“The whole thing is done in the absence of air, so there’s no combustion or burning,” Rumford says. “We are adding heat to boil the plastic to get the vapors, which rise out of the reactor, break down, are recombined and are condensed back into a liquid, which then is cleaned and conditioned.”
Agilyx holds an exclusive license to technology from Oregon-based Therma-Flite for its plastic pyrolysis, Patten says.
“The self-cleaning process is very important when dealing with plastic,” Patten explains, because the melted mix would otherwise stick to the equipment.
While Rumford says the pyrolysis process is relatively simple, challenges arise from dealing with feedstock that can vary from source to source and from day to day.
Earlier in the company’s history, he says, “We erroneously thought we could process any plastic. Now we’ve learned that is not the case.”
Even so, Rumford and Patten say Agilyx can accept most types of nonrecyclable plastics, with the exception of polyvinyl chloride (PVC). Furthermore, the material must be free of other contaminants.
“We want a material that has been preprocessed at the MRF and which meets a specification for our process,” Rumford adds.
Agilyx has developed a specification that Rumford says limits the amount of dirt and moisture that can be included. It calls for a minimum of 90 percent plastic that largely excludes polyethylene terephthalate (PET) and high-density polyethylene (HDPE).
PET and HDPE make a lower quality oil, Rumford says, adding “they have a higher value as a recycled feedstock.”
The specification also sets a limit on the amount of PVC in the feedstock.
“It’s not a very restrictive specification, other than we would like it reasonably clean and dry, and we would rather use the high-value plastic for a higher-value purpose,” Patten says.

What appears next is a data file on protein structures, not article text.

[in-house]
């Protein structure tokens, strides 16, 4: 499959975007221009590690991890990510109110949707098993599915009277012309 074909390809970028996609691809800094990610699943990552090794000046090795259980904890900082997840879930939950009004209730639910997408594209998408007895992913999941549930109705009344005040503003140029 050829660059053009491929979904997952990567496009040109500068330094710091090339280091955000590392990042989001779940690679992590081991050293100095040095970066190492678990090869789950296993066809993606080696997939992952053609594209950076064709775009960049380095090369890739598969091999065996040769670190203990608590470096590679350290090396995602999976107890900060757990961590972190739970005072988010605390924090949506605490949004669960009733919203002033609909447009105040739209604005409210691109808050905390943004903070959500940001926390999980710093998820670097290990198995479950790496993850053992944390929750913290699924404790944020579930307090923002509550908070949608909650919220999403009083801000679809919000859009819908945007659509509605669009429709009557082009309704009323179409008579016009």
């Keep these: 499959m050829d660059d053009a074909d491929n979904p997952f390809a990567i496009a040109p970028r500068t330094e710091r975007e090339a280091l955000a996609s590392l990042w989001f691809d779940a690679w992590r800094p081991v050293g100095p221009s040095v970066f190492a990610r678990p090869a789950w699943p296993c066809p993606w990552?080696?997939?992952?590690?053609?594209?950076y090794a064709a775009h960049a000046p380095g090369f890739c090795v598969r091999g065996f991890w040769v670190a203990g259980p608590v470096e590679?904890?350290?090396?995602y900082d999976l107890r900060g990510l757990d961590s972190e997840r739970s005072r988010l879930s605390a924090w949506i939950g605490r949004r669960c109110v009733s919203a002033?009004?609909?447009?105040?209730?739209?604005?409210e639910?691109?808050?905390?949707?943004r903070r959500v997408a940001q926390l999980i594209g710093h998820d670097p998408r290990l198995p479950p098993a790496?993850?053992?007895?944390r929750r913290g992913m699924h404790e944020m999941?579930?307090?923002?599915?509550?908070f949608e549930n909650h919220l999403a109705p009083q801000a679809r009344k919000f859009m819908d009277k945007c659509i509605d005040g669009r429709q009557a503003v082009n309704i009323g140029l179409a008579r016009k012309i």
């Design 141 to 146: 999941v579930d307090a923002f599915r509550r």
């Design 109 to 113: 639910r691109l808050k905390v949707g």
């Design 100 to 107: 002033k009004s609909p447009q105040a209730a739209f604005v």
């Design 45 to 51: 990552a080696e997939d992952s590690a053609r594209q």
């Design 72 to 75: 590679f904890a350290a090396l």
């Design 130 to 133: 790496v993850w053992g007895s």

While other companies or entities have processes to convert plastics to oil, Patten says Agilyx’s process is unique. “We’ve taken the process to the commercial level, and we’ve also learned how to do it with a mixed waste plastic,” he says.
While the program encountered few challenges, one limitation was communicating the project thoroughly to the community’s households, Wooster says.
Information about the Energy Bag pilot program was shared with residents through fliers that were included with their garbage and recycling billing statements. However, certain groups of residents, such as those on auto-pay programs or those living in rental units—didn’t necessarily receive this information.
Dow says the Energy Bag pilot program achieved a 30 percent participation rate, with 78 percent of Citrus Heights residents saying they would participate if given another chance.
Wooster says future programs would use additional communications channels, such as school campaigns and mass media, in an attempt to reach a participation rate that matches that of the community’s recycling rate.
Beyond the challenge of effective communications, however, Wooster says the program was a success and similar programs will be added to Dow’s sustainability initiatives.
“We were very pleased,” he says. “We were able to test what we thought might be the major bottlenecks, and so we proved that each of the major steps was workable and feasible and could work with existing infrastructure.”